Widow overcomes lifelong phobia of snakes by adopting 9ft Burmese python after feeling ‘instant connection’
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A widow has overcome her lifelong phobia of snakes - by adopting a nine foot long Burmese python. Rosie Kin, 63, was terrified of snakes until her daughter moved in with her last year to keep her company after her husband died.
Rachel had recently rehomed a six foot long ball python for a friend, who also moved in with her, despite Rosie’s protests. But after spending some time with the python, Rosie gradually began to overcome her fear.
So much so, that last month, she adopted Amun-Ra, a nine foot Burmese python, who she rehomed from a reptile centre that was shutting down. Rosie, from High Wycombe, Buckinghamshire, said: "A year ago I wouldn’t even step foot into a room with a snake. Now me and Amun-Ra are totally inseparable. I couldn’t imagine life without him."
Rosie lost her husband Robert Kin after he suffered a stroke in January 2022, aged 68. Rachel moved in to support her, but brought with her her pet snake Ruslana - a six foot tall python.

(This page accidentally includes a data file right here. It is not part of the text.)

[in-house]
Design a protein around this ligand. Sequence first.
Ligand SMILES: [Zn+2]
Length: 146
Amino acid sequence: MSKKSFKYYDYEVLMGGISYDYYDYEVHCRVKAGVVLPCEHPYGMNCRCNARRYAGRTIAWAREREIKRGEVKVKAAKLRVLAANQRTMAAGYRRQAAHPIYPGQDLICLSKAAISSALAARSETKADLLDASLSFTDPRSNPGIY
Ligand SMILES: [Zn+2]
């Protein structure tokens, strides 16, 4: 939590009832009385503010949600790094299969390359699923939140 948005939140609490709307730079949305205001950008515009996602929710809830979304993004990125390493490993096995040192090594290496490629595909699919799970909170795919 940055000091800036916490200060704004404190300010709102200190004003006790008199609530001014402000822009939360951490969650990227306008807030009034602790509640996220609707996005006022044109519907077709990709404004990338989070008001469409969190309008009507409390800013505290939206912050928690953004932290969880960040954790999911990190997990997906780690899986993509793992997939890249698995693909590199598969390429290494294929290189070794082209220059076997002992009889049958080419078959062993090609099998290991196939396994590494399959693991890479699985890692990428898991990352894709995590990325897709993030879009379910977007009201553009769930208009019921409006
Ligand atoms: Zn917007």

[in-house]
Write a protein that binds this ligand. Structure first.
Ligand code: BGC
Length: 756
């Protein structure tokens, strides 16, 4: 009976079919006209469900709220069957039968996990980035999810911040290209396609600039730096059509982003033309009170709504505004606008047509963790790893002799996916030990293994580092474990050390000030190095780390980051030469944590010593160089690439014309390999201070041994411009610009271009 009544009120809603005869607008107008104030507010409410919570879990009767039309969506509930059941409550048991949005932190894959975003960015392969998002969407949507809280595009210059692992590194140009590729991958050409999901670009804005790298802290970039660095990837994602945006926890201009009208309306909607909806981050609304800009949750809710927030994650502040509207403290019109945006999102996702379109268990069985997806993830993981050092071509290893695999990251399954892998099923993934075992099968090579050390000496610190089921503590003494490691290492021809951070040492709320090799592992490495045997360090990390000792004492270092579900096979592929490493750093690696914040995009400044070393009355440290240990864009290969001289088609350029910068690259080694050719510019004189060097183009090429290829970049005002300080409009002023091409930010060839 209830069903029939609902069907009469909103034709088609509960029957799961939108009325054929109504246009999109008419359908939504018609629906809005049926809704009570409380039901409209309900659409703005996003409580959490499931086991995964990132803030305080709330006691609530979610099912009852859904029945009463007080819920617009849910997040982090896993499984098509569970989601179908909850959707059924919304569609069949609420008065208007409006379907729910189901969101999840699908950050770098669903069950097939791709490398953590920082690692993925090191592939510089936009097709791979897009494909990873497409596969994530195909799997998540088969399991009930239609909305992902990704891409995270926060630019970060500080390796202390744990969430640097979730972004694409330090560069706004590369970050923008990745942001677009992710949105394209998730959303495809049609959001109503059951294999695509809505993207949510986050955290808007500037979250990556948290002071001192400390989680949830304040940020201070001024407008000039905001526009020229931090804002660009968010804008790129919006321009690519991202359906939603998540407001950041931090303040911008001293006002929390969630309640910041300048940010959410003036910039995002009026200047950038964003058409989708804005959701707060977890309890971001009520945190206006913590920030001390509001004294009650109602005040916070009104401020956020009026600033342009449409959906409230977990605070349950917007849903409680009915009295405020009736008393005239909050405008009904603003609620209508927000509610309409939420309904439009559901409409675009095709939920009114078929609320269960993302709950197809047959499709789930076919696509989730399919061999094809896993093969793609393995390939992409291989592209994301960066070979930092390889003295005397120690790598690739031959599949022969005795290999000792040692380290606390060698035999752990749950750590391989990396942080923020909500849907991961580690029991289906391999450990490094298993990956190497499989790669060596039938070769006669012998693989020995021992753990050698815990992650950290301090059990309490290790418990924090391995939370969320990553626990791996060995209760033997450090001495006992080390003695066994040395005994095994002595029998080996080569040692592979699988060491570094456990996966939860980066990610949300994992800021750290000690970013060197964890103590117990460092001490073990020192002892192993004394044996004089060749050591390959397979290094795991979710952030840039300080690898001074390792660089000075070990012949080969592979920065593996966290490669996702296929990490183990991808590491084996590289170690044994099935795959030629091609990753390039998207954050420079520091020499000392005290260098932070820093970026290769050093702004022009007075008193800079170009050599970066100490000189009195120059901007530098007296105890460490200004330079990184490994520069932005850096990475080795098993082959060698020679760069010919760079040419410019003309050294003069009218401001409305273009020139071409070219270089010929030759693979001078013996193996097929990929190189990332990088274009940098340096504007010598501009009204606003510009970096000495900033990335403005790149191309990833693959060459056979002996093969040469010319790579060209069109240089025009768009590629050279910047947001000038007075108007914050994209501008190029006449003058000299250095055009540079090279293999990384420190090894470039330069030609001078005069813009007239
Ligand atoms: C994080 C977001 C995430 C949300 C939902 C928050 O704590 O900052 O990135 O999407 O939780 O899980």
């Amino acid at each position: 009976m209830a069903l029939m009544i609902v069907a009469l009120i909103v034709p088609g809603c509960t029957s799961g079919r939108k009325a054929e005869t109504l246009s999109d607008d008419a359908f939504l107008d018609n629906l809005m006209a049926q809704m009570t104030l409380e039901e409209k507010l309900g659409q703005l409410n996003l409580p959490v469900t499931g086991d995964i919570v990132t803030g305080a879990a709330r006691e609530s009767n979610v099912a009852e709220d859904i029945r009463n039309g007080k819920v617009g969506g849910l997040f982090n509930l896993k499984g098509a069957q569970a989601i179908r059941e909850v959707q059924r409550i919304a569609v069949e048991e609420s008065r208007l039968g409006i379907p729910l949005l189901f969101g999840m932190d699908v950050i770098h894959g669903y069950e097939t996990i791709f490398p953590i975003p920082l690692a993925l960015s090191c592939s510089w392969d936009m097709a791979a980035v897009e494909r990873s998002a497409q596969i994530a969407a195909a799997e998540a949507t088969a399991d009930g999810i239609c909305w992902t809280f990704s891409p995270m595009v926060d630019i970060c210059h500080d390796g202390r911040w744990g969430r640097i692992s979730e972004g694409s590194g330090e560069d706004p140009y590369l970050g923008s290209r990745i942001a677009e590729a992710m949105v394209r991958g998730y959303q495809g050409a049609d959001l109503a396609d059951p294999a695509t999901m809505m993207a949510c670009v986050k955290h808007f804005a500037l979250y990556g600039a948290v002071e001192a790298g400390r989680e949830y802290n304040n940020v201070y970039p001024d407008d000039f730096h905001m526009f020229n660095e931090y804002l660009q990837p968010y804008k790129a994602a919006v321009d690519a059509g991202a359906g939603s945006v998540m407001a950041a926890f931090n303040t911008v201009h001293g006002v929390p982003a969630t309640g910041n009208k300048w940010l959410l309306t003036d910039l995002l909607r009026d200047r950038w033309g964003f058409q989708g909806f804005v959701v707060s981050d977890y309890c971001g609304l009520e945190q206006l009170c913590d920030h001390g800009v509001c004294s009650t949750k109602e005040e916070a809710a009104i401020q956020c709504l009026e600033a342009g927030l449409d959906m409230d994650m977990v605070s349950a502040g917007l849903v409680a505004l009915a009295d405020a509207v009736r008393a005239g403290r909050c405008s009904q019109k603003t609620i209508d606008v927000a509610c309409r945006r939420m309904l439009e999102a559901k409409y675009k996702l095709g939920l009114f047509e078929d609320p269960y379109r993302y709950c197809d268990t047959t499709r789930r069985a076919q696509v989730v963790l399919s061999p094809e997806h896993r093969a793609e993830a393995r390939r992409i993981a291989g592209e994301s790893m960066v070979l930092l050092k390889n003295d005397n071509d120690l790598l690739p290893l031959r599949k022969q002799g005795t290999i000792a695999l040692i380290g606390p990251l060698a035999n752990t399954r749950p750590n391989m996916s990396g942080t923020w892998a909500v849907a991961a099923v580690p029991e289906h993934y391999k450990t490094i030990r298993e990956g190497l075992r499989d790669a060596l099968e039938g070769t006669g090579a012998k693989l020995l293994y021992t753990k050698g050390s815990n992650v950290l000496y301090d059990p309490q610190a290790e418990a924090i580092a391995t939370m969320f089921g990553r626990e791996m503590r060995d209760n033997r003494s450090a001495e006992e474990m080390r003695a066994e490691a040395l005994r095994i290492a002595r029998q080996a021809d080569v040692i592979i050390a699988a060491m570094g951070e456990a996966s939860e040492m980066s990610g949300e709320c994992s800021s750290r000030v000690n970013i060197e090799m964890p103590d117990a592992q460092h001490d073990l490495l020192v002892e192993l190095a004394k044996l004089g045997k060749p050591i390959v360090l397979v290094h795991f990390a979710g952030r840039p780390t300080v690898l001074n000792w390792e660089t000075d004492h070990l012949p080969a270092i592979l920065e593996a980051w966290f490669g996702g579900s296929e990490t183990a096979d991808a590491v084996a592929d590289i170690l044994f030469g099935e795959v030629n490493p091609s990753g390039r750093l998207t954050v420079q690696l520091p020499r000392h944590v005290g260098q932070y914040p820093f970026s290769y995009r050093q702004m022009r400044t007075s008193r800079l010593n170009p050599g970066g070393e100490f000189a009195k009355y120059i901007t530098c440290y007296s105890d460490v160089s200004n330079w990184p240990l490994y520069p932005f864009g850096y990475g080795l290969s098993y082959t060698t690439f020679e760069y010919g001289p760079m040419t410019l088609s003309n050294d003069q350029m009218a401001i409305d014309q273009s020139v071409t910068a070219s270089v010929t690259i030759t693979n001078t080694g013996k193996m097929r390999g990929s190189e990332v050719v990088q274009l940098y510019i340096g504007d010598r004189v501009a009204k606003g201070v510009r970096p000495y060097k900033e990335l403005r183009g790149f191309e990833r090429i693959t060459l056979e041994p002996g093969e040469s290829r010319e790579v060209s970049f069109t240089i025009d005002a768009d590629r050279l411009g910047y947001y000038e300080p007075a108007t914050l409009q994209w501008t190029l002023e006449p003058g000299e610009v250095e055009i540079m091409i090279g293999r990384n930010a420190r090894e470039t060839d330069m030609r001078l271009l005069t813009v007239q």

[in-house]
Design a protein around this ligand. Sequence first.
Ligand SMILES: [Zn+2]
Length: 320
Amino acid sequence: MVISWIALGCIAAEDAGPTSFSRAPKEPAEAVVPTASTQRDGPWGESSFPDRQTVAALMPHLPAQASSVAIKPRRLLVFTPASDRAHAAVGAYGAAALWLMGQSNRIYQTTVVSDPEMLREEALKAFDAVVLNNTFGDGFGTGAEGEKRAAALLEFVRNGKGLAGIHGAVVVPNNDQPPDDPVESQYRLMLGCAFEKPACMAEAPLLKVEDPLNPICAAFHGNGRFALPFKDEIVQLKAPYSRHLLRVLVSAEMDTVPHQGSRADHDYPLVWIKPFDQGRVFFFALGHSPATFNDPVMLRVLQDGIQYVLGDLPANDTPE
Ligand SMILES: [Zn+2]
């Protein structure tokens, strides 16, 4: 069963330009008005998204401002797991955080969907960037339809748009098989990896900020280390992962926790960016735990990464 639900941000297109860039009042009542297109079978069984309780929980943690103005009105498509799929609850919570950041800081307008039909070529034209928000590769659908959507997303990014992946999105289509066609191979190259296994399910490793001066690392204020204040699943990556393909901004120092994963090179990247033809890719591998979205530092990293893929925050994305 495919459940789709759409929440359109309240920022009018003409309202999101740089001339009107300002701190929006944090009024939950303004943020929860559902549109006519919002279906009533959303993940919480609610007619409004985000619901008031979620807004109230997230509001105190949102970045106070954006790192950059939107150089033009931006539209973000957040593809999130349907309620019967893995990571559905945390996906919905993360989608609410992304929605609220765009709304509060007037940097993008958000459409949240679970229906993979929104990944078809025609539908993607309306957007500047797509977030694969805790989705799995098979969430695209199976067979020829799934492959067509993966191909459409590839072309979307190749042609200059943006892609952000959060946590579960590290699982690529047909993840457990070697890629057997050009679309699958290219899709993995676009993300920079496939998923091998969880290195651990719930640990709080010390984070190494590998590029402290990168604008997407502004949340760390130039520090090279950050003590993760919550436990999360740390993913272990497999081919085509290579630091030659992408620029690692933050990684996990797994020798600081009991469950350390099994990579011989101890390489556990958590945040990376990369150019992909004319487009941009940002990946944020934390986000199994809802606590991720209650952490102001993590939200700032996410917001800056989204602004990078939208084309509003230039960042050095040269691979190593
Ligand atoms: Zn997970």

Rosie had been terrified of snakes since she was a child, and originally wasn’t happy with the idea of one living in her house. But she reluctantly agreed, under the conditions that Rachel was not allowed to get her out of her cage when she was at home.
Rosie, a retired nurse, said: "My mother always had a fear and loathing of snakes. She wouldn’t even go to look at them in the zoo, and as a child I felt they weren’t animals that would be very friendly.
"My late husband used to chase me up the garden with slow worms which also didn’t help.”
Rosie said she initially banned her daughter from taking the snake out of its cage while she was home, but then thought she needed ‘to get a grip.’ After a few weeks, Rosie started to interact with Ruslana and talk to her through the glass and the mum-of-three became more comfortable and eventually she overcame her fear of the reptile.
Last month, Rosie agreed to visit a family run reptile centre with Rachel - which was closing down. The pair only went to buy mice for Ruslana while they were there Rosie met Amun-Ra, a nine foot Burmese python who needed rehoming.
Rosie says she felt an instant connection with the reptile that was too strong to ignore, and adopted him there and then. She said: "After educating myself on keeping snakes as pets I have come to understand they are misunderstood and often portrayed in a negative light.
"Ruslana was a good stepping stone to overcoming my fear, and then after meeting Amun-Ra, there was no doubt in my mind I wanted to look after him.
"We connected straight away and we have been inseparable ever since.”
She added that although he relies on her to feed him and make sure he’s okay, she always handles him with two people and its very much “on his terms.”